Charles-Valentin Alkan made his name as pianist in nineteenth-century Paris and seemed poised for a glittering career. But following a series of setbacks he withdrew into a life of relative seclusion, and as he receded from the public eye, so too did his music. It was never entirely forgotten, but it was not until the 1960s and 1970s that Alkan’s works began to emerge from obscurity. To quote the liner notes by Paul Wee, ‘Alkan’s music exhibits a formidable grasp of form and structure, a strong command of melody, a high sense of drama and an unprecedented exploitation of the capabilities of the piano.’ Combined here on one disc –Read more possibly for the first time – are the Symphony and the Concerto for Solo Piano, two pinnacles of Alkan’s legacy. Unusually, the four movements of the Symphony and the three movements of the Concerto are included as seven etudes within Alkan’s Douze etudes dans tous les tons mineurs (Twelve studies in all the minor keys), in 1857 as his Op.?39. As to why Alkan composed these epic works and then hid them away in a set of etudes, Wee suggests that they are to be seen as ‘a celebration of the piano and its capabilities.’ Paul Wee is a barrister specialising in commercial law and appears regularly before courts and tribunals on behalf of clients including governments, corporations, financial institutions and individuals. Born in Australia, he began his piano studies at the age of four, continuing them in New York City at the Manhattan School of Music. Going on to study law at the University of Oxford, he attempts to balance his love for the piano alongside the demands of a busy international career in law.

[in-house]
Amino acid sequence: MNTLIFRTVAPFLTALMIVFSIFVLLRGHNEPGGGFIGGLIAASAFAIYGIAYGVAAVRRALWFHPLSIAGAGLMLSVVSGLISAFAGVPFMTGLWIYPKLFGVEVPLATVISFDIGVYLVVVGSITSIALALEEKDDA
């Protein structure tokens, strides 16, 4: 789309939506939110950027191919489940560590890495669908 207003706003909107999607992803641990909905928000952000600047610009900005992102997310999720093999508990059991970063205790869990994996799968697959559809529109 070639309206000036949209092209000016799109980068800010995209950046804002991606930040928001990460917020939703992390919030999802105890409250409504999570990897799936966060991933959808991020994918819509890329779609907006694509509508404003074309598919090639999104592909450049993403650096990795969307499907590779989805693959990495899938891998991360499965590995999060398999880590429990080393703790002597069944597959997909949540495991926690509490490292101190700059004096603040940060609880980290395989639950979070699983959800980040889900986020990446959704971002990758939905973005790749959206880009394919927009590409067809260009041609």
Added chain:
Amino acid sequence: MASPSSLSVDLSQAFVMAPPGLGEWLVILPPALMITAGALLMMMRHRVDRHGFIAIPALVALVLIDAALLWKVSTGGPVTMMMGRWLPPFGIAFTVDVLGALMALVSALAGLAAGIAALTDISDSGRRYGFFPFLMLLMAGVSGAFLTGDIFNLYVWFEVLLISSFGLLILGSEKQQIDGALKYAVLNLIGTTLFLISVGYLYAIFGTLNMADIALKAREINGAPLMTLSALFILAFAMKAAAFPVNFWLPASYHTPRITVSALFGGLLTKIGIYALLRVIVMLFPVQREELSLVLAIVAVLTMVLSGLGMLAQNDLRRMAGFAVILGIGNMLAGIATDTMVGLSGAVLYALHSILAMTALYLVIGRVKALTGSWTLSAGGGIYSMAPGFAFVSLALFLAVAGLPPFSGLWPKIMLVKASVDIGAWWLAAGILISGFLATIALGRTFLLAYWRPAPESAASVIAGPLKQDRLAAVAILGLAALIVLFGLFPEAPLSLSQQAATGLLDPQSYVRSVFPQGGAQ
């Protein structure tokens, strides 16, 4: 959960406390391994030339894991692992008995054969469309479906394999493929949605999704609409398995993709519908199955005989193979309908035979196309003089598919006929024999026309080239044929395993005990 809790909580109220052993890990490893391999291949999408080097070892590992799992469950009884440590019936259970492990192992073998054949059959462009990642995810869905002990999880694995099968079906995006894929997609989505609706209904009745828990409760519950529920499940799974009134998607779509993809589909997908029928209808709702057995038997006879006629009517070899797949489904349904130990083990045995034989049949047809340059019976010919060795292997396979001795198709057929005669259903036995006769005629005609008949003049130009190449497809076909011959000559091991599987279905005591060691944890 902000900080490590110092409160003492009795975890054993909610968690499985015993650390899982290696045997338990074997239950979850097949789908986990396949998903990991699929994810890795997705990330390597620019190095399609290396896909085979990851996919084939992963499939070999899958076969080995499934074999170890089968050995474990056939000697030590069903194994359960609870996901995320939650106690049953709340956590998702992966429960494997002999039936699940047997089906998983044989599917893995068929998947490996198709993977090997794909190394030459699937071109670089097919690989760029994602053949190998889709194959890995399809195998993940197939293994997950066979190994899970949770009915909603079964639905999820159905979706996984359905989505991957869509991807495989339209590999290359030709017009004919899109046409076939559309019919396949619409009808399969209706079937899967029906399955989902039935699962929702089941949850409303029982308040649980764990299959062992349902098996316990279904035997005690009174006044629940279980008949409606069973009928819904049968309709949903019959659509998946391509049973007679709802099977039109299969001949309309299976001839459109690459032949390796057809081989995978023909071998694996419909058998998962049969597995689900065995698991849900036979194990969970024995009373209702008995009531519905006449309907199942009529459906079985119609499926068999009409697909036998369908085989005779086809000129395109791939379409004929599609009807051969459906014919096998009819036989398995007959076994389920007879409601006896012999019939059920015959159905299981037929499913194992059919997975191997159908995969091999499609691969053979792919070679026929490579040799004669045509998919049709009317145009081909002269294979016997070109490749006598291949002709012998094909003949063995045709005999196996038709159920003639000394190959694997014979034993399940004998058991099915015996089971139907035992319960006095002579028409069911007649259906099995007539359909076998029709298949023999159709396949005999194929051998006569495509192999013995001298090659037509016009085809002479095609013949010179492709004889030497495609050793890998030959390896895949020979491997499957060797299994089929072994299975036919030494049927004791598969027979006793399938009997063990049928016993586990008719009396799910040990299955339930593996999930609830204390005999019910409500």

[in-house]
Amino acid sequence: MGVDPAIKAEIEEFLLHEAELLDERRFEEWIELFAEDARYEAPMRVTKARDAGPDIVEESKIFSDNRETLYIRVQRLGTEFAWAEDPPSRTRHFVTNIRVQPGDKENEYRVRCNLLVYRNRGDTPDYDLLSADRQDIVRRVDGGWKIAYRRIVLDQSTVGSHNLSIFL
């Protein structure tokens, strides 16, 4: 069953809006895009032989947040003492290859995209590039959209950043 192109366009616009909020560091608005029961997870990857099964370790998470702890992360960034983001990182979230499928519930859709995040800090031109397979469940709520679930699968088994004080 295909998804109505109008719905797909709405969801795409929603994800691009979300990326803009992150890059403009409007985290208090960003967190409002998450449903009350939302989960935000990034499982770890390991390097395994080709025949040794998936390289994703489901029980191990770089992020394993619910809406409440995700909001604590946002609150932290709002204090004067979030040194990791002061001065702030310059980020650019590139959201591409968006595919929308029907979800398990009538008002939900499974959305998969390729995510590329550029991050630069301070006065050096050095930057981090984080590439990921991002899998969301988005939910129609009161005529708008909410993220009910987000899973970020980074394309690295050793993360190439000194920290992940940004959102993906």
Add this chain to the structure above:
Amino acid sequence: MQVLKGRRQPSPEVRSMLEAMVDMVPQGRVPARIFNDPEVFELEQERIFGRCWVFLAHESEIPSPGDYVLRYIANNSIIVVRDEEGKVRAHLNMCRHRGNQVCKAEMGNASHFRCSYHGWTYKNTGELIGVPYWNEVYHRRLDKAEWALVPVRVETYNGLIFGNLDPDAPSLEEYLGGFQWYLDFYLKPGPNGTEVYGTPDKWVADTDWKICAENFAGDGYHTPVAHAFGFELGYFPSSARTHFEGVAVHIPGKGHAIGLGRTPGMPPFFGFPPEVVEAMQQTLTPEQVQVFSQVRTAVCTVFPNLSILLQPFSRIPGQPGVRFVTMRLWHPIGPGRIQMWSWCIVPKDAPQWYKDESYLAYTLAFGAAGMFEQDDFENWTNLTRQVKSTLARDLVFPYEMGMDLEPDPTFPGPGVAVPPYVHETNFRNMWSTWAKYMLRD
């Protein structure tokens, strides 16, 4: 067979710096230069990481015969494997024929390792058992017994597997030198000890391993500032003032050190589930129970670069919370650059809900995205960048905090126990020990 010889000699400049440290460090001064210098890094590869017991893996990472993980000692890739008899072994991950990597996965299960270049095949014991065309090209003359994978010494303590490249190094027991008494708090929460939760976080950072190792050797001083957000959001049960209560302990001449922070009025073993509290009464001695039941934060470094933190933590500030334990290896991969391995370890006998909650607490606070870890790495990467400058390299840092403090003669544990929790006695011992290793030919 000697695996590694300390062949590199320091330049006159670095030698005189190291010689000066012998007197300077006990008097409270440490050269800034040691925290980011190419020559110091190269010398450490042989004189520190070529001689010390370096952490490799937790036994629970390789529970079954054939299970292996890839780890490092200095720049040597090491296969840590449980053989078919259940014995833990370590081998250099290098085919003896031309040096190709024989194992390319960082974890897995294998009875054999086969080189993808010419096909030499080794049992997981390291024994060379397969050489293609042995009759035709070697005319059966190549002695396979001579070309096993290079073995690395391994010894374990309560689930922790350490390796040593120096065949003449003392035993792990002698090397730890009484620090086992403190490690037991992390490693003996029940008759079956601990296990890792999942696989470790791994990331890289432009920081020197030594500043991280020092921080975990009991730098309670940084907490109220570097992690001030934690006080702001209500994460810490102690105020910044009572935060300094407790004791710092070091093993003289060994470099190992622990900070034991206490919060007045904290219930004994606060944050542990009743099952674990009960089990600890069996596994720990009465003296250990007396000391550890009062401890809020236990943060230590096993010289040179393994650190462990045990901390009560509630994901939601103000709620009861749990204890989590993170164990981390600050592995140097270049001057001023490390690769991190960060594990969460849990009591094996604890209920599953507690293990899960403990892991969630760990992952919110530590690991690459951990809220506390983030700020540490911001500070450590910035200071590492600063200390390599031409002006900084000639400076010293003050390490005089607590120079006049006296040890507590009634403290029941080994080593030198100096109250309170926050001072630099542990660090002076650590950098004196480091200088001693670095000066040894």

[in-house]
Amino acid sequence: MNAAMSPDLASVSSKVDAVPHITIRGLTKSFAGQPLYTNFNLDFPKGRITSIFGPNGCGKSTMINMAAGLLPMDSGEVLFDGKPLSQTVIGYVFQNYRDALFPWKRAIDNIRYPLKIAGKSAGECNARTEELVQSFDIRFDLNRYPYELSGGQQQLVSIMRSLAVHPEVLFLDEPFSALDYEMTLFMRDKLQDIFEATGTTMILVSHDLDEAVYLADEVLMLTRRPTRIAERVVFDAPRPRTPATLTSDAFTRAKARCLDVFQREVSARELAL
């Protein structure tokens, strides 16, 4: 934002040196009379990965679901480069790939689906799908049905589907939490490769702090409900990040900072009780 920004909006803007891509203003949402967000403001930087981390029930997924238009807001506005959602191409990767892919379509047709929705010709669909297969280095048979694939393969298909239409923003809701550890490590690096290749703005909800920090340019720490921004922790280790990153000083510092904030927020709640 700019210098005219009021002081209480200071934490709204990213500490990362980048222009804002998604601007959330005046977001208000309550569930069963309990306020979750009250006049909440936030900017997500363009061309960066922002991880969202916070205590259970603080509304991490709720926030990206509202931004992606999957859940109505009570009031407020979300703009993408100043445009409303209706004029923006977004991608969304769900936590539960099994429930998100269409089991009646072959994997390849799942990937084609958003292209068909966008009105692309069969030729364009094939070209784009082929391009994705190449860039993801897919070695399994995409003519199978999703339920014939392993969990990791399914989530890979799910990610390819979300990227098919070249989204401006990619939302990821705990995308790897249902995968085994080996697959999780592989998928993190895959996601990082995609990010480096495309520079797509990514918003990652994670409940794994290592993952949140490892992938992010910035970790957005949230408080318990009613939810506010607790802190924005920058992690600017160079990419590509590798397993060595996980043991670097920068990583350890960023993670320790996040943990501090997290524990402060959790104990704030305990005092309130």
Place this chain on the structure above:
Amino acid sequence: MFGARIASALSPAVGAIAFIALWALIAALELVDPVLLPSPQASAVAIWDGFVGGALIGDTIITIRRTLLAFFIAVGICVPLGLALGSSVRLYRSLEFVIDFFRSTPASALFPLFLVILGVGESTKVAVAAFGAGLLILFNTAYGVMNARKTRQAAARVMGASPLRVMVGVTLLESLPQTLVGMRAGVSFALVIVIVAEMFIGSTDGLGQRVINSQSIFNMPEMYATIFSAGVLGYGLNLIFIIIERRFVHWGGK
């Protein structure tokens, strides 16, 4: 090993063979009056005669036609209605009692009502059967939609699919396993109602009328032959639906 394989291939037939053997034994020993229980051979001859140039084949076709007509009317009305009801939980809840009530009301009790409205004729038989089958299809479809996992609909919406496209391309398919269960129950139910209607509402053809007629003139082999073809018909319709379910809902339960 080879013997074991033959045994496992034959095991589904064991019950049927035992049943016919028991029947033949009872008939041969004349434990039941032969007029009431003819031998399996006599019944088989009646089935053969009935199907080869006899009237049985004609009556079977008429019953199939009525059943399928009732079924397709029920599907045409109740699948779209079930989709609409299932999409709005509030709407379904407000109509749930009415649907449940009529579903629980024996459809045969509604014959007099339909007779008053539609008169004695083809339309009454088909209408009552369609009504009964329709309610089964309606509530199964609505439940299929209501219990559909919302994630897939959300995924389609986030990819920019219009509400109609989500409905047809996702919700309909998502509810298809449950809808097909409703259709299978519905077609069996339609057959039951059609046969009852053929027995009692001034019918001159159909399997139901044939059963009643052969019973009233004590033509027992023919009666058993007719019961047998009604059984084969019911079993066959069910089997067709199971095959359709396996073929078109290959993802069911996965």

The fourth through the seventh of Alkan’s Twelve Etudes in the Minor Keys Op. 39 comprise his Symphony for Solo Piano, while Etudes 8 through 10 represent the more daunting Concerto for Solo Piano. They require a pianist who possesses transcendental technical prowess, the stamina of a marathon runner, a sure command of large-scale structure, rhythmic élan, and a large portfolio of nuance and color. Paul Wee is precisely this pianist and more.
He creates the impression of tonal mass, yet his shaping of individual lines within thick textures imparts a welcome horizontal vantage point to the piano writing. In the Symphony’s second movement, for example, listen to Wee’s thoughtfully contoured interaction between the legato cantabile detached chords. His Presto finale zooms from the gate like a bat out of hell, yet the pianist’s staggeringly accurate fingers never even hint at potential derailment.
Likewise, Wee brings a playful audacity and airborne lilt to the Concerto’s aggressive quasi-bolero third movement that contrasts to the relatively suaver reserve of Marc-André Hamelin’s equally astonishing pianism. And Wee’s timbral contrasts in the long first movement bring out the music’s solo/tutti perspectives in true orchestral fashion with no more than ten fingers, although one could swear that an extra pair of hands sneaks in to help out every now and then.
Wee’s achievement is all the more unbelievable when you consider that he is not a professional pianist, but a highly successful international commercial London-based lawyer! One should mention, too, Wee’s superb booklet notes and BIS’ world-class production values. To call this disc an auspicious solo recording debut is an understatement. Better to describe it with a single word: WOW!
– ClassicsToday (Jed Distler)
What is almost incredible is that the soloist Paul Wee is not a professional pianist but a highly successful international commercial London lawyer. The precision of his attack, the clarity of the part-playing, the linear focus and structural grasp of each movement of the Symphony are quite thrilling to experience...The spontaneity and drive of his playing smash the sterile confines of the studio.